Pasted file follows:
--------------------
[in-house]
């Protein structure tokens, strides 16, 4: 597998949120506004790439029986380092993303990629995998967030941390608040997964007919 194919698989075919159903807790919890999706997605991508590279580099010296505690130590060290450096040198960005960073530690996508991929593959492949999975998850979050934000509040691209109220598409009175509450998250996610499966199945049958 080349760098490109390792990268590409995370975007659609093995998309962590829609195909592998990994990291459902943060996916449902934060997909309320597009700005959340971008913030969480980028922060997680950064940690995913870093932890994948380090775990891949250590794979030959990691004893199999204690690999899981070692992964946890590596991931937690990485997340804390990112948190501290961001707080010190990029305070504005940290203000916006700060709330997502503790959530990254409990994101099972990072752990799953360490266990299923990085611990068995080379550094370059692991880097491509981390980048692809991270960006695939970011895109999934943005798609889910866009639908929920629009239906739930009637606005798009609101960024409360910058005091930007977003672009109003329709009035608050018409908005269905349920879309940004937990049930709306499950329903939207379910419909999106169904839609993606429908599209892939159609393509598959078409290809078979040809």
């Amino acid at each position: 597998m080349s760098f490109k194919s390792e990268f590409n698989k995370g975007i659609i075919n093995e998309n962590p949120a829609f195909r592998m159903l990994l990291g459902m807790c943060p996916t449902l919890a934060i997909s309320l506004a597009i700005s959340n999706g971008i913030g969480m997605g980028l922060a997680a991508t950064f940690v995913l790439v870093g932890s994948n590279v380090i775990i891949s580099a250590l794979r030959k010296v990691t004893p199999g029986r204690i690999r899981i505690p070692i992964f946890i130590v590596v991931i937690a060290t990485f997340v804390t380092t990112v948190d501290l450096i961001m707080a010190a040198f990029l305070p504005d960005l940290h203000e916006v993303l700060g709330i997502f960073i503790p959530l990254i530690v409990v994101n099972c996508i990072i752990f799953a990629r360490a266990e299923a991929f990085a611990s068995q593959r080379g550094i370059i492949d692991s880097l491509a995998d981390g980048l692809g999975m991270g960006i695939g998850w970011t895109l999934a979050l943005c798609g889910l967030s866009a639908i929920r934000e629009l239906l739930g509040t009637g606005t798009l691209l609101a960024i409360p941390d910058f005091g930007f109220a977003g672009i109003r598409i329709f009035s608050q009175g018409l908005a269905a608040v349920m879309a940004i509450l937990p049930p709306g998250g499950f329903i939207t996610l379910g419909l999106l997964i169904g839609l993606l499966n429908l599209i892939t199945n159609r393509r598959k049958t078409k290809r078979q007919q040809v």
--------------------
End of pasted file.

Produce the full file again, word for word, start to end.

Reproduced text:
[in-house]
């Protein structure tokens, strides 16, 4: 597998949120506004790439029986380092993303990629995998967030941390608040997964007919 194919698989075919159903807790919890999706997605991508590279580099010296505690130590060290450096040198960005960073530690996508991929593959492949999975998850979050934000509040691209109220598409009175509450998250996610499966199945049958 080349760098490109390792990268590409995370975007659609093995998309962590829609195909592998990994990291459902943060996916449902934060997909309320597009700005959340971008913030969480980028922060997680950064940690995913870093932890994948380090775990891949250590794979030959990691004893199999204690690999899981070692992964946890590596991931937690990485997340804390990112948190501290961001707080010190990029305070504005940290203000916006700060709330997502503790959530990254409990994101099972990072752990799953360490266990299923990085611990068995080379550094370059692991880097491509981390980048692809991270960006695939970011895109999934943005798609889910866009639908929920629009239906739930009637606005798009609101960024409360910058005091930007977003672009109003329709009035608050018409908005269905349920879309940004937990049930709306499950329903939207379910419909999106169904839609993606429908599209892939159609393509598959078409290809078979040809």
């Amino acid at each position: 597998m080349s760098f490109k194919s390792e990268f590409n698989k995370g975007i659609i075919n093995e998309n962590p949120a829609f195909r592998m159903l990994l990291g459902m807790c943060p996916t449902l919890a934060i997909s309320l506004a597009i700005s959340n999706g971008i913030g969480m997605g980028l922060a997680a991508t950064f940690v995913l790439v870093g932890s994948n590279v380090i775990i891949s580099a250590l794979r030959k010296v990691t004893p199999g029986r204690i690999r899981i505690p070692i992964f946890i130590v590596v991931i937690a060290t990485f997340v804390t380092t990112v948190d501290l450096i961001m707080a010190a040198f990029l305070p504005d960005l940290h203000e916006v993303l700060g709330i997502f960073i503790p959530l990254i530690v409990v994101n099972c996508i990072i752990f799953a990629r360490a266990e299923a991929f990085a611990s068995q593959r080379g550094i370059i492949d692991s880097l491509a995998d981390g980048l692809g999975m991270g960006i695939g998850w970011t895109l999934a979050l943005c798609g889910l967030s866009a639908i929920r934000e629009l239906l739930g509040t009637g606005t798009l691209l609101a960024i409360p941390d910058f005091g930007f109220a977003g672009i109003r598409i329709f009035s608050q009175g018409l908005a269905a608040v349920m879309a940004i509450l937990p049930p709306g998250g499950f329903i939207t996610l379910g419909l999106l997964i169904g839609l993606l499966n429908l599209i892939t199945n159609r393509r598959k049958t078409k290809r078979q007919q040809v």